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Residents protested the mayor's bike shop opening. So he offered them a discount

Published May 13, 2020
Owner has fun with group upset that Vitesse Cycle Shop is considered an essential business.

NORMAL, Ill. (BRAIN) — Bike retailer Chris Koos figured the best way to diffuse the protest of his shop was offering an exclusive sale.

"PROTESTER FLASH SALE! Protesters Only 5-6 p.m. Bike Parts And Accessories On Sale!" read the banner above the door of Vitesse Cycle Shop on May 7.

Koos is also the mayor of Normal, a town of about 55,000 in central Illinois. The group of 12, including a couple who have run against him for mayor in past non-partisan elections, protested because the town remains closed to non-essential businesses due to the COVID-19 pandemic. Bike shops in Illinois are considered essential.

"Any time I do anything bike-advocacy related, (they think) it's because I'm just trying to sell bikes," Koos told BRAIN on Wednesday and added he got wind of the protest in advance and had the banner ready. "It's an ongoing issue with them."

The banner "was as much of a joke as anything," he said. "Our response was, if they come in, we'll give them sale prices."

None did.

The protest was organized by a Facebook group, Koos said, and billed as an "Open Our Community Social Distancing Walk. Please no swastikas or racial references. The mayor of Normal has threatened to hand out citations and arrest any citizen who does not freely surrender their freedom. ..."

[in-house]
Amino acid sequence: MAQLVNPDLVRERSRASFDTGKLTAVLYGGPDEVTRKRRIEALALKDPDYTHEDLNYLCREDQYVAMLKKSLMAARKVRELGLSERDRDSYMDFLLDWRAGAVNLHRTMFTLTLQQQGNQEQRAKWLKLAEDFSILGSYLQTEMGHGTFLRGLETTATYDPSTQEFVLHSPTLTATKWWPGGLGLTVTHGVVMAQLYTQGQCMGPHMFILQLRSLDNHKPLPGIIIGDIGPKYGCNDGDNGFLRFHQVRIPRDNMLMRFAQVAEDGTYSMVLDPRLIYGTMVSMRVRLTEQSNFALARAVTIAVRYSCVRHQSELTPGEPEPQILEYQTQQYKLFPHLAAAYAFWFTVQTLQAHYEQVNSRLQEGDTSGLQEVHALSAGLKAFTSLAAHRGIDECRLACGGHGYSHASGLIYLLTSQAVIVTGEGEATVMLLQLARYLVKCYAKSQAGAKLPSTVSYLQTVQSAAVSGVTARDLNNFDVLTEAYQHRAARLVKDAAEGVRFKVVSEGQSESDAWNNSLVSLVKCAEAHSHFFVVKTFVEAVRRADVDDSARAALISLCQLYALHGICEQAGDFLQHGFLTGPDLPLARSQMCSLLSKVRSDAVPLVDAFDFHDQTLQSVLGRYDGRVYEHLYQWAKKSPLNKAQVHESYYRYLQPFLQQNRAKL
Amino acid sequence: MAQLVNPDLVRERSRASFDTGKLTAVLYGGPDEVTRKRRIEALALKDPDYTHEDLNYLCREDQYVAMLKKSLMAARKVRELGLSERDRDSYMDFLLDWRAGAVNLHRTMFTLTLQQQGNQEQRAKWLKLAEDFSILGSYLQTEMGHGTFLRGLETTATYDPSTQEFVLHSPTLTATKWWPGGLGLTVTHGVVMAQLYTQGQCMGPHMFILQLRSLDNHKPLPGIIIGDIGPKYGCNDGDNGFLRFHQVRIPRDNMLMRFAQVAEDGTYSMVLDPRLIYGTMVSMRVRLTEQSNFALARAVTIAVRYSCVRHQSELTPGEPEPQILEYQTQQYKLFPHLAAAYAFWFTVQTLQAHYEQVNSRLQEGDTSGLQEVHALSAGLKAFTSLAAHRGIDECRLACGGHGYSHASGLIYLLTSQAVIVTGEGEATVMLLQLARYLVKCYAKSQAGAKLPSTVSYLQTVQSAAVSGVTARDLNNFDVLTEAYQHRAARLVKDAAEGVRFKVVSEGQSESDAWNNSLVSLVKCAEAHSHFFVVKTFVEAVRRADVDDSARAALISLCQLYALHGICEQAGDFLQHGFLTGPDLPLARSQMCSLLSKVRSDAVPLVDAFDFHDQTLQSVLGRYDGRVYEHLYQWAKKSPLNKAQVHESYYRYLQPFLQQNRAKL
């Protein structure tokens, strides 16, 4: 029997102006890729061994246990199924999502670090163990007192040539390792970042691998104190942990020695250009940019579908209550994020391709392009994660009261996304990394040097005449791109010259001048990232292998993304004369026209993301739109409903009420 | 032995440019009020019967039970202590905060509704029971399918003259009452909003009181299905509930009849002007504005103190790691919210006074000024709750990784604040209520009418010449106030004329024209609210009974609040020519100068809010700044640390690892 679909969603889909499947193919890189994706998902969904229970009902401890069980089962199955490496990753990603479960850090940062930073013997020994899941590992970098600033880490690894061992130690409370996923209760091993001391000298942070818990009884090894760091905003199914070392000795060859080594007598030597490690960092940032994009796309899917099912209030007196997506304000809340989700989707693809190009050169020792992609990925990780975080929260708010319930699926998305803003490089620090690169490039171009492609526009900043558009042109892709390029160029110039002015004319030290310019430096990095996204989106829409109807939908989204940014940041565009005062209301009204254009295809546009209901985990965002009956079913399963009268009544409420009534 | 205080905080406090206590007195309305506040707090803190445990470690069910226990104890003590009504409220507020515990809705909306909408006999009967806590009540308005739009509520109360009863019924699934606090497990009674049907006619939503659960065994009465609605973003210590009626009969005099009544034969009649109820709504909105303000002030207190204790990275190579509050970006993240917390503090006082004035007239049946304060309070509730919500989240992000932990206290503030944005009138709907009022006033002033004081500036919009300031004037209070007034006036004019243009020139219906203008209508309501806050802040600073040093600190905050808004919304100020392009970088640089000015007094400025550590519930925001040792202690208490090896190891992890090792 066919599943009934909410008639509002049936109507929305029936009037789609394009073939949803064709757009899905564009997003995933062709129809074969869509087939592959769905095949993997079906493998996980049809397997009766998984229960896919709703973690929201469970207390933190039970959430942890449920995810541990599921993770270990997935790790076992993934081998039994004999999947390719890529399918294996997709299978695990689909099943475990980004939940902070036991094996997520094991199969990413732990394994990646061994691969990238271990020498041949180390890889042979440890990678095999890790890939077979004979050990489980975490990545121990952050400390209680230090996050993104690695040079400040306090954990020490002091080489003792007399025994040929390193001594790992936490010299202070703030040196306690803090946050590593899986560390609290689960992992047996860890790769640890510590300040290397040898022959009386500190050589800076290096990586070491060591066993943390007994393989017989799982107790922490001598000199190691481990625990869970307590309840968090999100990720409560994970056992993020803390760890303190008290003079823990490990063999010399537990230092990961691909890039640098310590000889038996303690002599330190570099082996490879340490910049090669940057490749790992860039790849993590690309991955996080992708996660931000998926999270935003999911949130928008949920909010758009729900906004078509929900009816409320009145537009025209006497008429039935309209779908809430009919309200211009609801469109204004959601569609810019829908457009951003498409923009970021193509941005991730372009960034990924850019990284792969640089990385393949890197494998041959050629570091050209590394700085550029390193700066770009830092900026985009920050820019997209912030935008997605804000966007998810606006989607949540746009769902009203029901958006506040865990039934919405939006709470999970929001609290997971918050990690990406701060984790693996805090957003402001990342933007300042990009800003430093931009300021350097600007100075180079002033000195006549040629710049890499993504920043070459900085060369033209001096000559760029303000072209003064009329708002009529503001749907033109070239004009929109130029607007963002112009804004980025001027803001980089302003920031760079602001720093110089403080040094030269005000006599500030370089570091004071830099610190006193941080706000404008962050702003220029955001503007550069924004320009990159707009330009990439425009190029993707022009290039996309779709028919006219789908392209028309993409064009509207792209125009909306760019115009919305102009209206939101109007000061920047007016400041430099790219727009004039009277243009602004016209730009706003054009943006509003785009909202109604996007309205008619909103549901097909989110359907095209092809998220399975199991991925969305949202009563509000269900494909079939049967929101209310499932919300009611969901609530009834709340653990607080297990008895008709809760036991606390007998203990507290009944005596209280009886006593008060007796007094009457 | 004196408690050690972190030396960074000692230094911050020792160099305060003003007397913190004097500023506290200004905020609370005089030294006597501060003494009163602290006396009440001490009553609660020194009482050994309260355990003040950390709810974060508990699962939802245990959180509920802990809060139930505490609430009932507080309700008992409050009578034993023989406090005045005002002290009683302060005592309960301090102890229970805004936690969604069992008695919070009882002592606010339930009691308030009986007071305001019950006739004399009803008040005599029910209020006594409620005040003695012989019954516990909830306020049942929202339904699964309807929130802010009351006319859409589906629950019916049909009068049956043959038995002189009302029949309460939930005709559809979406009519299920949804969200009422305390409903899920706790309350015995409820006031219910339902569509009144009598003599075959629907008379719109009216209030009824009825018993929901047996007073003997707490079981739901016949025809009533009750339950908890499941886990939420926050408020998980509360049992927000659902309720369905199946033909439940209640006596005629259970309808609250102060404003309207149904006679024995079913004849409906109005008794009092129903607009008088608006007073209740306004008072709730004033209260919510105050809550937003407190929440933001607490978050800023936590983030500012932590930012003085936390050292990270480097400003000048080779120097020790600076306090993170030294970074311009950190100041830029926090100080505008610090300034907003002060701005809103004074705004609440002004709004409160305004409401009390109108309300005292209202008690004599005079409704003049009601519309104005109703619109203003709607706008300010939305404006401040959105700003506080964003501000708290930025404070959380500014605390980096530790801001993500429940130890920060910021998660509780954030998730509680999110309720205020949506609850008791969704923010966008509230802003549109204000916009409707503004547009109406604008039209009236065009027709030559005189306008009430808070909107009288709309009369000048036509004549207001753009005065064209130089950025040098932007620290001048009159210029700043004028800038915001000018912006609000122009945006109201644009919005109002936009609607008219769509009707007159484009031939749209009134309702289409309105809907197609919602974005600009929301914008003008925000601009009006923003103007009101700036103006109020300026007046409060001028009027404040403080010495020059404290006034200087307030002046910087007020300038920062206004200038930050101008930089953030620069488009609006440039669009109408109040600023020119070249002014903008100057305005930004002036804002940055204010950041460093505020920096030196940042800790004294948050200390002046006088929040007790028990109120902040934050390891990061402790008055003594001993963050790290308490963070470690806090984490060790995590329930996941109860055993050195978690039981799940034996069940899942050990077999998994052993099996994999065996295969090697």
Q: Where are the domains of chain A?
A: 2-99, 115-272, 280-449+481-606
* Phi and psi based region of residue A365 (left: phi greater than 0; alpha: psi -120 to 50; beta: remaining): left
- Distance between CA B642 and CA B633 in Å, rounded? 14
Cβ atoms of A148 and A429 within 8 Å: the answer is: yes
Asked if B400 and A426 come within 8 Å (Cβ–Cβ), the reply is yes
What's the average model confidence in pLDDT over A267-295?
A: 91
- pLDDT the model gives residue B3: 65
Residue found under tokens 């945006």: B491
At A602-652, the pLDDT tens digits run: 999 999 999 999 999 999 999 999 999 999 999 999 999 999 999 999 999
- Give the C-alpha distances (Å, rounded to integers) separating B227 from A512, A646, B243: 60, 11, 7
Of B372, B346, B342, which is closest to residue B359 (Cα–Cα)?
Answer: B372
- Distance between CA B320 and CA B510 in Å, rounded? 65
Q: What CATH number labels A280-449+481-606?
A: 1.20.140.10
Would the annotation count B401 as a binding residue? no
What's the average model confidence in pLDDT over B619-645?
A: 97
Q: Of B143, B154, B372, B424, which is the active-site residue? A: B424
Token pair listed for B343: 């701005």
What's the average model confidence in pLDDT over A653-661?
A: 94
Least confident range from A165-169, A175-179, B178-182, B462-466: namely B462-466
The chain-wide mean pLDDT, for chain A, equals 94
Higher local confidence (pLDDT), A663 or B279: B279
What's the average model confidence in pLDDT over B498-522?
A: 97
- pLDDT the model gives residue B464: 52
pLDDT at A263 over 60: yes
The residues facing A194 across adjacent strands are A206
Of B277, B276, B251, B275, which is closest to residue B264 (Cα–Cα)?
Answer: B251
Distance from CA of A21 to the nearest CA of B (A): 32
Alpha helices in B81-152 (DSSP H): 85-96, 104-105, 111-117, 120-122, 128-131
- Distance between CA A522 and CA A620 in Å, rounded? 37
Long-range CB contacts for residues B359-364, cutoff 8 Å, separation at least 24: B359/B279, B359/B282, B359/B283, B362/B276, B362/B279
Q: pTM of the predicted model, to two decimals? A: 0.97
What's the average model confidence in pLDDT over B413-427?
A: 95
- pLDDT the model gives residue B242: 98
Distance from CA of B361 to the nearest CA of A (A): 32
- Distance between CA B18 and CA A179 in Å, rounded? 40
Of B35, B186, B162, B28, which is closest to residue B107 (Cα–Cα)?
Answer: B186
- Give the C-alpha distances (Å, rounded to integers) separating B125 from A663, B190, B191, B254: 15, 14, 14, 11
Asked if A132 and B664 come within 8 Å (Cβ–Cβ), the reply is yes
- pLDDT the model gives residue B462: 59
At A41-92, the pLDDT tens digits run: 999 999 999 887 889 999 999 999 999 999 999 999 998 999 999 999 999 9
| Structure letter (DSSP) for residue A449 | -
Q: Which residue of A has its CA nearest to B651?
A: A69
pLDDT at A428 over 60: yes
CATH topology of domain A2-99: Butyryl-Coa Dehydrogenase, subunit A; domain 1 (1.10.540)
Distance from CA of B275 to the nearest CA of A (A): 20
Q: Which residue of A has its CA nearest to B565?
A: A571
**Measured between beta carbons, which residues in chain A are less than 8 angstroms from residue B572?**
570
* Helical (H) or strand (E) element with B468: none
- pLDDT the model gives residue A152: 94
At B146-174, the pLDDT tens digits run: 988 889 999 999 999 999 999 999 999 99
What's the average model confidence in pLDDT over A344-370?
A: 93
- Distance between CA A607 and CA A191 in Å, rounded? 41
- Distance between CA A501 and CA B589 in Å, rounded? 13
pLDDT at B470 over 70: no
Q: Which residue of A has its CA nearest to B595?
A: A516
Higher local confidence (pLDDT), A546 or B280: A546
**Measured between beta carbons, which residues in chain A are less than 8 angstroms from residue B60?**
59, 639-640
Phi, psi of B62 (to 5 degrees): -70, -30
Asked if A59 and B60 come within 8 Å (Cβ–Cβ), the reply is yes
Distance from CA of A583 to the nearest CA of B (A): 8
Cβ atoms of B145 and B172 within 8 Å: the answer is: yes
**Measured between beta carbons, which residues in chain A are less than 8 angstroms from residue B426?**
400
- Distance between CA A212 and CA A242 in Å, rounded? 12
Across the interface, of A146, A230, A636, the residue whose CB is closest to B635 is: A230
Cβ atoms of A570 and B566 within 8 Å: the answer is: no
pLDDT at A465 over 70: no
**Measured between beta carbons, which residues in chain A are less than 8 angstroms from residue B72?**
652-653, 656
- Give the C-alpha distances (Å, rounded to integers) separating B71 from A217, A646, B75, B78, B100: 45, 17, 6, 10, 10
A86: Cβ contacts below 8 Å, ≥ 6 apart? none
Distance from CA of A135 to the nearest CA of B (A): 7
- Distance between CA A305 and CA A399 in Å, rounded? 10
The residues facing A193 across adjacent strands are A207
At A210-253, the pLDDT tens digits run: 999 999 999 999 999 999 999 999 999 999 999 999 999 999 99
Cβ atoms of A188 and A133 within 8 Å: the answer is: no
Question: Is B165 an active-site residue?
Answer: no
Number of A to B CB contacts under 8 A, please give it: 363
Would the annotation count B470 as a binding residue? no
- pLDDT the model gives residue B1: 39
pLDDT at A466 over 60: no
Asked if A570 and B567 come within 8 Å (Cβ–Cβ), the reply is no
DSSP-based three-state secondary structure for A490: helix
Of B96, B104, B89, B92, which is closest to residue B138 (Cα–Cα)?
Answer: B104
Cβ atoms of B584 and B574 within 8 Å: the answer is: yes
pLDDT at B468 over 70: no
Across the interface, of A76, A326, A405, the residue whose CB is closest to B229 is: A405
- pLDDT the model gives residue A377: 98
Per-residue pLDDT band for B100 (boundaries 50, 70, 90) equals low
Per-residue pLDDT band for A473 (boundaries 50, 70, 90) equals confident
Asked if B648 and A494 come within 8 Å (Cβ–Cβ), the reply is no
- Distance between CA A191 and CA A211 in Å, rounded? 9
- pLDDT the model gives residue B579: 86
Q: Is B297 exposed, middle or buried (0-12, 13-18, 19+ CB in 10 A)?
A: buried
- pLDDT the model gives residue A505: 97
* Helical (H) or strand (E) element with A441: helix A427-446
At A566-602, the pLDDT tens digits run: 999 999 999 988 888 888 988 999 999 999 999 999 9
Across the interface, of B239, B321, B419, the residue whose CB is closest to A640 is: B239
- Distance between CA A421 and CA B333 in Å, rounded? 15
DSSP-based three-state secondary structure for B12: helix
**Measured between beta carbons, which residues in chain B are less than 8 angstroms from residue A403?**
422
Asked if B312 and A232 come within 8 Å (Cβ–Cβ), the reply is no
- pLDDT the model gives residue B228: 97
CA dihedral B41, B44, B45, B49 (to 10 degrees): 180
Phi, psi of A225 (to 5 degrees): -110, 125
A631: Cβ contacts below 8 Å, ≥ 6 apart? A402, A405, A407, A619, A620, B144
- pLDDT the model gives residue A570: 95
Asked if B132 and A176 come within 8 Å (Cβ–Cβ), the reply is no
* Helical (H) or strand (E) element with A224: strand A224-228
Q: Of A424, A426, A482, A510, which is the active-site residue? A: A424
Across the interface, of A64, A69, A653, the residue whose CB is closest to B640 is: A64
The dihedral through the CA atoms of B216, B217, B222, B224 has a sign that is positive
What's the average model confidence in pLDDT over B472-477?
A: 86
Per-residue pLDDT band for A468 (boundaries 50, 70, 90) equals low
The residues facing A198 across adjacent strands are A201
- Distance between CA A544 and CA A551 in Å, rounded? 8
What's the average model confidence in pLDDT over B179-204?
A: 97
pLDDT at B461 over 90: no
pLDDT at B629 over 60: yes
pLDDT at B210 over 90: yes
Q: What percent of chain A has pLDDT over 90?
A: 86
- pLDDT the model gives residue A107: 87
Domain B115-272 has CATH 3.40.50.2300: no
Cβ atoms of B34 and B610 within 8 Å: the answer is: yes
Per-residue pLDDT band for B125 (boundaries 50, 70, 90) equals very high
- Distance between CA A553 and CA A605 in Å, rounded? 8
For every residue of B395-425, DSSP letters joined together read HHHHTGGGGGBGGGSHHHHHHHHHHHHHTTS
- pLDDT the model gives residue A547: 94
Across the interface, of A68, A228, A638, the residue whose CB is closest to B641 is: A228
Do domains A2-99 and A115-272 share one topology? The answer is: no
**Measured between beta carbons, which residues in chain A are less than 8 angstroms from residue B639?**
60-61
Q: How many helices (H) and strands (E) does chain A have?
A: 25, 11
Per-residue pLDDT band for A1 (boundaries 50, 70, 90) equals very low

"So they had a little corner protest and walked over to my store," said Koos, who added he didn't issue any citations nor have anybody arrested.

After the protest ended peacefully, the group contacted Gateway Pundit, a conservative website publishing under the slogan, "We Report the Truth — and Leave the Russia-Collusion Fairy Tale to the Conspiracy Media." It posted a story about the protest and Koos' reaction with the banner.

"So the next day, Saturday morning, we started getting harassment phone calls after it was posted on that website," said Koos, who has owned Vitesse Cycle Shop for 42 years. "And we actually had two death threats to my employees. And then they started bombing our website. They were kind of harassing us. That's the world we live in."

The cycling world has certainly changed for Koos since the pandemic hit two months ago with sales up 71% and constant service requests. "I call bikes the new toilet paper."

With a staff of three mechanics and three salespeople, Koos said customers are allowed inside his 6,000 square-foot store with social-distancing and face-mask requirements. Through his 42 years, he's now seen it all.

"This year's problem is supply," he said. "Everyone got caught blindsided. We're appreciative that bike stores are considered essential because I think a lot of people outside the industry don't realize how many people rely on their bikes for transportation. The unique thing going on right now is people getting the chance to recreate with social distancing. And it gives families something to do. I mean, kids bike sales have been crazy."

Topics associated with this article: Coronavirus

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